Wednesday, March 11, 2015

Kojak - 4 Exciting Detective Stories

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Tracks:
Growing up, I always assumed that the DC and Marvel superheroes were the main "stars" of the Power Records line, and the other stuff--Star Trek, Space: 1999--were just ancillary releases, sort of similar to what went on in the world of comics. Well, after working on this for a couple of years now and making so many Power Record discoveries, it's clear that the sci-fi and TV licenses clearly were just as important to the Peter Pan company.

Case in point--Kojak. One of the seemingly oddest choices for a kid's record, Telly Savalas' titular detective received not just a book and record set, but a second LP of audio adventures, seen above (including two I had not heard before). This was another one of those Power LPs I had no idea existed until a Google search, and it only took a quick look on eBay to find decent scans of the both the front and back covers. Amazing. The search never ends!



P.S. Blogkeeping Note: Starting today we're going to post updates once a week, on Wednesdays. As the searches for items we haven't seen before get harder, I need more time to find stuff and get it ready to post here. See You Next Wednesday!


5 comments:

Rockwell J. Pugglesworth said...

The Power Records Kojak actor is as good as the Power Records Steve Austin actor. That is one spot-on Telly Savalas. Interesting, too, that they got to use the TV show theme - something not afforded the Star Trek and Space: 1999 PR recordings.

I never watched Kojak as a kid and I don't think I've seen an entire episode as an adult either, but I like the records (which I also only heard as an adult) because its one more opportunity to hear the Power Records stock company of actors, and the PR library of sound effects and music. Seems like weird subject matter to market to kids, but Kojak had his own action figure in the Mego style, so what do *I* know?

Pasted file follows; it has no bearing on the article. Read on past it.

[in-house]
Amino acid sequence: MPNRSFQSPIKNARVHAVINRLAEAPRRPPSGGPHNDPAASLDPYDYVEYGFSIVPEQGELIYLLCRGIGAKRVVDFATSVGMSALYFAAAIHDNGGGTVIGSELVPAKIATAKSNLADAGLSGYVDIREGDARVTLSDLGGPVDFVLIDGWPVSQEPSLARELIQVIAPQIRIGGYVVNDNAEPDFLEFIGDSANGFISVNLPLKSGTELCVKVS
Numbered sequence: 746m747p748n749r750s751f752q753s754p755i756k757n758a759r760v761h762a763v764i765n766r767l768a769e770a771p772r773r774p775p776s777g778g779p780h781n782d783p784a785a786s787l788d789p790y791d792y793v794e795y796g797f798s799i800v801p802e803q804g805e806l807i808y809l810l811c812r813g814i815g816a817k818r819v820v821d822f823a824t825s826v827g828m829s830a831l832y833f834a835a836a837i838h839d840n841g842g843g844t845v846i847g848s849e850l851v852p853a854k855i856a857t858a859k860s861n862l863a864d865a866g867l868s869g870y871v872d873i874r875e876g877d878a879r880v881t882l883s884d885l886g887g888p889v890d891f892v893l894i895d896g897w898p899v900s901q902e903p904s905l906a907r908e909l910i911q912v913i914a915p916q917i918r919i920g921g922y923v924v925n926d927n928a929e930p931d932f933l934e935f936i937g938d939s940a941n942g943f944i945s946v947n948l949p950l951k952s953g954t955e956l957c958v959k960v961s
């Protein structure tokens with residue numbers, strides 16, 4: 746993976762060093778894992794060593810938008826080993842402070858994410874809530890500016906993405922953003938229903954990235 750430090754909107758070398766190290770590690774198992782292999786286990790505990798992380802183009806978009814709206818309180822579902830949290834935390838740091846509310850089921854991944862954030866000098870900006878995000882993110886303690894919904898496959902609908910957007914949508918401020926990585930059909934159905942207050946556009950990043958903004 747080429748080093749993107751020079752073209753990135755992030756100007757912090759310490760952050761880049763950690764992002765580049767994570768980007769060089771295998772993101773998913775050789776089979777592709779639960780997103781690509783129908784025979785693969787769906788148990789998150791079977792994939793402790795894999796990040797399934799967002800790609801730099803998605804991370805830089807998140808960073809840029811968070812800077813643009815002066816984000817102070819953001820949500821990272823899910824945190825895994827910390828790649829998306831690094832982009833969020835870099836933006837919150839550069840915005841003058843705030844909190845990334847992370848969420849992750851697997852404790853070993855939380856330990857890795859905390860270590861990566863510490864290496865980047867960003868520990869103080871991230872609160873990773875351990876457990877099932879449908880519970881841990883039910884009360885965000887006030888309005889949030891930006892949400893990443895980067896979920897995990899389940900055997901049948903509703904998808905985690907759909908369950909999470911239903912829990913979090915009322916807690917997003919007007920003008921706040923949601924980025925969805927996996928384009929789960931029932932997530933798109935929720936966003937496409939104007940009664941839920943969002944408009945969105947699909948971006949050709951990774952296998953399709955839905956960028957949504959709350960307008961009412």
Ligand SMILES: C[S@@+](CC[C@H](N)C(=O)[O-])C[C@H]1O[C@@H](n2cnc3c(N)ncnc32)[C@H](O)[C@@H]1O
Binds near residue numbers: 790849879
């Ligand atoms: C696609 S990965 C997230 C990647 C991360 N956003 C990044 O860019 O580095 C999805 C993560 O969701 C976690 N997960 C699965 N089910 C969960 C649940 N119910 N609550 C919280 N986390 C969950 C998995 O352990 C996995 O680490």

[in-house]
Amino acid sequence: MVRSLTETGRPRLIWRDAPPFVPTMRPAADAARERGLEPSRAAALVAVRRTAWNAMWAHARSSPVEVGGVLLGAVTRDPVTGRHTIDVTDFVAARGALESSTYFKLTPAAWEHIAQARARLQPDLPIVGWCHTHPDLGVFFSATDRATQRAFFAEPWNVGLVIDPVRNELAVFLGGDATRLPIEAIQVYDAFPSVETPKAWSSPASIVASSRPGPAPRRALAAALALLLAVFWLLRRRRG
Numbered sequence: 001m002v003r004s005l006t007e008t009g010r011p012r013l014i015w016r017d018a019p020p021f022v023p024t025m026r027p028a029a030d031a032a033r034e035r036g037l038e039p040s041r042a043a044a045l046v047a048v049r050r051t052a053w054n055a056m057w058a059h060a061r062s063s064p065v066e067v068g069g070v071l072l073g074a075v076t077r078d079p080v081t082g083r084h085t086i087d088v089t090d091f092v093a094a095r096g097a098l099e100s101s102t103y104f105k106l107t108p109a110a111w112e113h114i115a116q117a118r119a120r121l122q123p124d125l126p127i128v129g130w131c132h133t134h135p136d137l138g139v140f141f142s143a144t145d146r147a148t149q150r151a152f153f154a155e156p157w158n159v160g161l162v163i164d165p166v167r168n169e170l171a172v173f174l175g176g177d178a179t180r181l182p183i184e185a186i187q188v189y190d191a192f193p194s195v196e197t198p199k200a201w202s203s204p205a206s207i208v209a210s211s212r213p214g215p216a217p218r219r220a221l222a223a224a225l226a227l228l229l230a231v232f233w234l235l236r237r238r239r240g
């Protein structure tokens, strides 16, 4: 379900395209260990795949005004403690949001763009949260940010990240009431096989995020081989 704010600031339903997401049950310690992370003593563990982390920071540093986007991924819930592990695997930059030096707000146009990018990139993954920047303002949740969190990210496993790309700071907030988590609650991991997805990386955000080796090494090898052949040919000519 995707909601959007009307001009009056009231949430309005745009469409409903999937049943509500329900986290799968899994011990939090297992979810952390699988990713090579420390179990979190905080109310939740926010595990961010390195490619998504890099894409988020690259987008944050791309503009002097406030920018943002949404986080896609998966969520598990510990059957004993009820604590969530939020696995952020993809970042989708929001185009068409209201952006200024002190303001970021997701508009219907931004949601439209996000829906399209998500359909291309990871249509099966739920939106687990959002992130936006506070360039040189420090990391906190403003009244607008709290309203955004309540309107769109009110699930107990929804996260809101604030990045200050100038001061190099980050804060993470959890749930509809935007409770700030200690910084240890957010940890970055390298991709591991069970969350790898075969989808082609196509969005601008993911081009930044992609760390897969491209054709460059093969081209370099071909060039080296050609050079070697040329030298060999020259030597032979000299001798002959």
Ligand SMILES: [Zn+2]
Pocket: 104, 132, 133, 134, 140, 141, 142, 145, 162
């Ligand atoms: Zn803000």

Earth 2 Chris said...

Wow, just WOW. I just listened to the first story on my lunch break.

3 homicides, a female cop shot, and a shootout in an airport. Power Records never fails to surprise me with its idea of "kids" entertainment.

We have to cover this on the podcast.

The guy does do a good Savalas.

Chris

MikeInFla said...

Awesome, I had this record when I was a kid. However, since I was just a kid I found Kojak to be very boring. I think I bought this record for $1 at K-Mart in the late 70's or early 80's. Can appreciate it more as an adult, thanks for the memories.

Armpit Studios said...

I'm sure you've posted all 4 episodes before, because I've been listening to all 4 of them since they were added to my iTunes library on October 20, 2012. I don't know where else I might have gotten them.

And I'm pretty sure that this really *is* Telly doing the Kojak voice here. Nobody else has those Tellyisms. The way he says "hu-huh. Try it, kitchy-koo. Try it." in "The Prodigal Son" sounds authentically Telly.

Touch-and-go Bullethead said...

I remember seeing the Kojak albums when they were new, and thinking then that this series was an odd choice. It still seems one, but now I can get at least a glimmer of the reasoning behind it. You have to bear in mind two facts:

1. In the 1970s, the detective show was the dominant form of drama on American TV. The Western was in decline, there was only one successful medical drama ("Trapper John, MD") introduced in that decade, and only two successful spy shows ("The Six Million Dollar Man" and "The Bionic Woman," which of course mixed a lot of other elements in with the espionage), but there were plenty of successful detective shows. It was probably inevitable that a company which used licensed properties, such as Power Records, would give the genre a try.

2. "Kojak" was produced by Universal Studios, and Power Records obviously had contacts with Universal (it also produced "The Six Million Dollar Man" and "Gemini Man"). If "Kojak" was an odd choice, so would any of the other popular Universal detective shows have been--"Columbo," "MacMillan and Wife," "The Rockford Files," "Bsnacek," "Baretta," etc. Power probably simply went for the most popular (or maybe the one with the star easiest to imitate).

And, Armpit Studios: There is absolutely no chance that Telly Savalas was actually involved in this album. If he had been, the album cover would have declared, in very large letters, "Starring TELLY SAVALAS as KOJAK!!!!" This is not the sort of thing you keep hidden.

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